Not that that ends things. Major League Baseball could, if it wished, discipline Rizzo for the slide. Padres manager Andy Green certainly seemed to be advocating for that after the game, calling Rizzo’s slide “fairly egregious,” “disheartening,” and “a cheap shot.”

Not surprisingly, Rizzo and Joe Maddon did not believe it to be a bad slide. Here’s Rizzo:

“It’s one of those plays where it’s very sensitive. It’s a play where I’m out by two steps. If I slide, he runs into me. I’ve talked to a lot of umpires about this rule. It’s my understanding if they have the ball, it’s game on.”

Maddon:

“You don’t see it anymore because the runner thinks he has to avoid (the catcher) — he doesn’t. If the guy’s in the way, you’re still able to hit him. I’d much prefer what Riz did tonight. What he did was right, absolutely right. There’s nothing wrong with that and nobody can tell me differently.”

Rizzo is dead wrong about the “if the catcher has the ball, it’s game on” thing. That is not any part of the rule, as stated above. Maddon is right about the runner not having to avoid the catcher, but he’s ignoring the part about the runner’s need to actually try to touch the plate and not initiate contact.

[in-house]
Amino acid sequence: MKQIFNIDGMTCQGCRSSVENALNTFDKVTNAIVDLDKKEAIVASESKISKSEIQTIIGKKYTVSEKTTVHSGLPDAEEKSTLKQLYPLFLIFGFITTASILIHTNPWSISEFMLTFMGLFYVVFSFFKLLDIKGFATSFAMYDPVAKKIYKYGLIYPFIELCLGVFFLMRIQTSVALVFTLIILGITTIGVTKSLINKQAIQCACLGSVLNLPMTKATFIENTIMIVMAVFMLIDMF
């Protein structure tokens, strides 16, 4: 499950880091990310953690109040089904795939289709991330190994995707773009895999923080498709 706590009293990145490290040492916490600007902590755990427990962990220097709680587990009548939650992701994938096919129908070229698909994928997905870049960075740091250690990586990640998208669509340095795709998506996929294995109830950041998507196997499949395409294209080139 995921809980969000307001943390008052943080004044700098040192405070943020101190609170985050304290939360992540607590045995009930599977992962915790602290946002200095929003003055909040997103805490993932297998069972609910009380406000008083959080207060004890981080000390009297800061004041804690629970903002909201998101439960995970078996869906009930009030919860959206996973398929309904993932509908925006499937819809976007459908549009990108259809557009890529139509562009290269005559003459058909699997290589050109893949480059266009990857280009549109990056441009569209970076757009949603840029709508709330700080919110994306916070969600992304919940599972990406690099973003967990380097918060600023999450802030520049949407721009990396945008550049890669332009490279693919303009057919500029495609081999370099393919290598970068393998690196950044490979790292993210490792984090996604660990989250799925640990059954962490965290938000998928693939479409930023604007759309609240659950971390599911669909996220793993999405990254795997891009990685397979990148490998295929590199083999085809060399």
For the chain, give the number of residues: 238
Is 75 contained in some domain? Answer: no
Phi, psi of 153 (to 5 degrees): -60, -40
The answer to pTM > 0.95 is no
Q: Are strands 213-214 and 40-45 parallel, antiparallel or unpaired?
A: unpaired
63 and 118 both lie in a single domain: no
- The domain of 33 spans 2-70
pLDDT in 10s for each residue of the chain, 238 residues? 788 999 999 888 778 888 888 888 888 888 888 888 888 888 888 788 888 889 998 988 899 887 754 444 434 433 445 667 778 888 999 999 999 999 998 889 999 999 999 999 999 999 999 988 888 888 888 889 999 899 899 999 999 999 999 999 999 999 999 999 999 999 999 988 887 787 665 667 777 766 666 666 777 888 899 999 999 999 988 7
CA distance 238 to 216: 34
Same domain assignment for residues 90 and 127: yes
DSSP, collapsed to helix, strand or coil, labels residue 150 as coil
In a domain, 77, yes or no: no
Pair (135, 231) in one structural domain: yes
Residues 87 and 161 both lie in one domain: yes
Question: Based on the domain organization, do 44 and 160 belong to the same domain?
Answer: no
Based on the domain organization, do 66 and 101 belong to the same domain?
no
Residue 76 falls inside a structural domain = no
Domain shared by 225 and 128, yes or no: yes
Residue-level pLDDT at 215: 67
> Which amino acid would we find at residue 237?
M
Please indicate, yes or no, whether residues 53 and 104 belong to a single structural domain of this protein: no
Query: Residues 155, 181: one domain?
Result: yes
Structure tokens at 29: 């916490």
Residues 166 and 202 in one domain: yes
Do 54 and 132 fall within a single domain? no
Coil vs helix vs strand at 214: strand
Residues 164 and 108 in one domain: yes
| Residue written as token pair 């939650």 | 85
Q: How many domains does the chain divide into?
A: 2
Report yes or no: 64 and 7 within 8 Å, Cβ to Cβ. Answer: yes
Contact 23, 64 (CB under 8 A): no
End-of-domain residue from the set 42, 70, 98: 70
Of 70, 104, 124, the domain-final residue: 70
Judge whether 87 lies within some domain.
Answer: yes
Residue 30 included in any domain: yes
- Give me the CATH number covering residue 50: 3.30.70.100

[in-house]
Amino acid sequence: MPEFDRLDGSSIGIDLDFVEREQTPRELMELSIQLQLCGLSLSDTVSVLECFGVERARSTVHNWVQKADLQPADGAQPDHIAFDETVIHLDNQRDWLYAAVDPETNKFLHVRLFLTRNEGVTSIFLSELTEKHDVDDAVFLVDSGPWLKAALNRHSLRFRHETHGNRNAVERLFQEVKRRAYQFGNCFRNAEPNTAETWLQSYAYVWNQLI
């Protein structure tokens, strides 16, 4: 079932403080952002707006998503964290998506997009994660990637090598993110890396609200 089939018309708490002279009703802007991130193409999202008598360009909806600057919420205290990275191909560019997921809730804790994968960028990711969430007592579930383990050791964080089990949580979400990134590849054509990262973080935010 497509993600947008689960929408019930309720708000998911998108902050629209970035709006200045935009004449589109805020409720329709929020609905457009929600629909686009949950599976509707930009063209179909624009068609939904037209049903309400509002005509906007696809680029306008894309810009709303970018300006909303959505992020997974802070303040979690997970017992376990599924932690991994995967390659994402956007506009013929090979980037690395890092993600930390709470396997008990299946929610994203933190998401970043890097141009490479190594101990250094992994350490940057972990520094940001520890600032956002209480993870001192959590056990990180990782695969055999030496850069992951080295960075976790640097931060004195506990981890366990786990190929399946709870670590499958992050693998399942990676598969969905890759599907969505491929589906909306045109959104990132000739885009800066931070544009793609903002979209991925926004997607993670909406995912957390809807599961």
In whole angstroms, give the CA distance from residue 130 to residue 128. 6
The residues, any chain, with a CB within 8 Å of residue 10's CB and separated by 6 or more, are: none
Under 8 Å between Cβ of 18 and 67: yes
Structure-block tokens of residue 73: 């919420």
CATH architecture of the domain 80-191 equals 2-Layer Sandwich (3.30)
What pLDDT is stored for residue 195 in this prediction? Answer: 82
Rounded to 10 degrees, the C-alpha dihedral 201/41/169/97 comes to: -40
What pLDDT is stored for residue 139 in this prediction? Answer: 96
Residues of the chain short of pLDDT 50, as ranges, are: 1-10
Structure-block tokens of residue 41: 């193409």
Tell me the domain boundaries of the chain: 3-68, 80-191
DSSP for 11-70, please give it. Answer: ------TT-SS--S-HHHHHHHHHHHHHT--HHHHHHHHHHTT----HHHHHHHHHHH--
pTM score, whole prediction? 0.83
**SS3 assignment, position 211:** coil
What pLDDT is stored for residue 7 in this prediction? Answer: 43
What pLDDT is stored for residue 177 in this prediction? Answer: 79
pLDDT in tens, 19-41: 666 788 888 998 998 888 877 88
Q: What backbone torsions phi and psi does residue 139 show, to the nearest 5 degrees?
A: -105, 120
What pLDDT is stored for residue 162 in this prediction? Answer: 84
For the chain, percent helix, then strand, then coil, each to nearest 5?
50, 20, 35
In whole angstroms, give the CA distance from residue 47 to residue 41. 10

Do I think the play was “dirty” or a “cheap shot” like Green says? No. I don’t think Rizzo had any intent to hurt Hedges. I don’t think he was twirling his mustache while running down the line, savoring the chance to be dastardly. I think that 20 years of playing baseball and instinct took over and that it was a stronger force in Rizzo’s head and muscles than a three-year-old rule, which is understandable.

But I do think the slide was technically in violation of the rule and that, if it chooses to, MLB could discipline Rizzo for it.